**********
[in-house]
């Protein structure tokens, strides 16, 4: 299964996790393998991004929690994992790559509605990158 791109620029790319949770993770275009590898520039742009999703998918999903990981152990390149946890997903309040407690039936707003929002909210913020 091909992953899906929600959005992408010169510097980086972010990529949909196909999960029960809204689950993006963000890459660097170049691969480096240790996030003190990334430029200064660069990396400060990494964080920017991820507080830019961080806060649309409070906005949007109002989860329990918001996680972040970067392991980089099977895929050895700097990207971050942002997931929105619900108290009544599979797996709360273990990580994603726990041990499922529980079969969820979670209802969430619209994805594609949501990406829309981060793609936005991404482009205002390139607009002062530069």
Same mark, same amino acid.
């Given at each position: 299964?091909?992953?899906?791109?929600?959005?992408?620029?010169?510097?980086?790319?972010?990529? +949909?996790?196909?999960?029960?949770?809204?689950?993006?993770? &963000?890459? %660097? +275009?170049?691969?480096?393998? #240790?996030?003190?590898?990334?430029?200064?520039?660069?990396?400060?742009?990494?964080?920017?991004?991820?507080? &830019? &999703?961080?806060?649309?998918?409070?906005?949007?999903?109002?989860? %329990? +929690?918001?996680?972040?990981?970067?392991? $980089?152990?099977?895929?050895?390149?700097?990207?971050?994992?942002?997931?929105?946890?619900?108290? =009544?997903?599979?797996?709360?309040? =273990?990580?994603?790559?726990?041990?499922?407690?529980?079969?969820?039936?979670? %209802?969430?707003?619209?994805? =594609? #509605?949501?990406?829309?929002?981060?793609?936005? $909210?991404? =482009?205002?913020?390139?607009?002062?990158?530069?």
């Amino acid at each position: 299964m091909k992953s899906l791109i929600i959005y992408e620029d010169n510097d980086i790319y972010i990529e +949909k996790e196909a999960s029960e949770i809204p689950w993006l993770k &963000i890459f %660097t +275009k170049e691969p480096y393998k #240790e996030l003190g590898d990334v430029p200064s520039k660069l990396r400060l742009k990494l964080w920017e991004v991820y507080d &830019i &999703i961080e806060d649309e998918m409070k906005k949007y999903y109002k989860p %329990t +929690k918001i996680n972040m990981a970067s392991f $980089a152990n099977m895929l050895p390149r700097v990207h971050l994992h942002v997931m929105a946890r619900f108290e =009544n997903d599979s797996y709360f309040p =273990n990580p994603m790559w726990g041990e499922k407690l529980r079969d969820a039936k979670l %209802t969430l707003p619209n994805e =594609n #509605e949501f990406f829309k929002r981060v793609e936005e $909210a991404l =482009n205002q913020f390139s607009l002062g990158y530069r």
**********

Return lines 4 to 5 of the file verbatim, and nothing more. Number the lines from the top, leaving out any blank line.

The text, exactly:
């Given at each position: 299964?091909?992953?899906?791109?929600?959005?992408?620029?010169?510097?980086?790319?972010?990529? +949909?996790?196909?999960?029960?949770?809204?689950?993006?993770? &963000?890459? %660097? +275009?170049?691969?480096?393998? #240790?996030?003190?590898?990334?430029?200064?520039?660069?990396?400060?742009?990494?964080?920017?991004?991820?507080? &830019? &999703?961080?806060?649309?998918?409070?906005?949007?999903?109002?989860? %329990? +929690?918001?996680?972040?990981?970067?392991? $980089?152990?099977?895929?050895?390149?700097?990207?971050?994992?942002?997931?929105?946890?619900?108290? =009544?997903?599979?797996?709360?309040? =273990?990580?994603?790559?726990?041990?499922?407690?529980?079969?969820?039936?979670? %209802?969430?707003?619209?994805? =594609? #509605?949501?990406?829309?929002?981060?793609?936005? $909210?991404? =482009?205002?913020?390139?607009?002062?990158?530069?």
């Amino acid at each position: 299964m091909k992953s899906l791109i929600i959005y992408e620029d010169n510097d980086i790319y972010i990529e +949909k996790e196909a999960s029960e949770i809204p689950w993006l993770k &963000i890459f %660097t +275009k170049e691969p480096y393998k #240790e996030l003190g590898d990334v430029p200064s520039k660069l990396r400060l742009k990494l964080w920017e991004v991820y507080d &830019i &999703i961080e806060d649309e998918m409070k906005k949007y999903y109002k989860p %329990t +929690k918001i996680n972040m990981a970067s392991f $980089a152990n099977m895929l050895p390149r700097v990207h971050l994992h942002v997931m929105a946890r619900f108290e =009544n997903d599979s797996y709360f309040p =273990n990580p994603m790559w726990g041990e499922k407690l529980r079969d969820a039936k979670l %209802t969430l707003p619209n994805e =594609n #509605e949501f990406f829309k929002r981060v793609e936005e $909210a991404l =482009n205002q913020f390139s607009l002062g990158y530069r």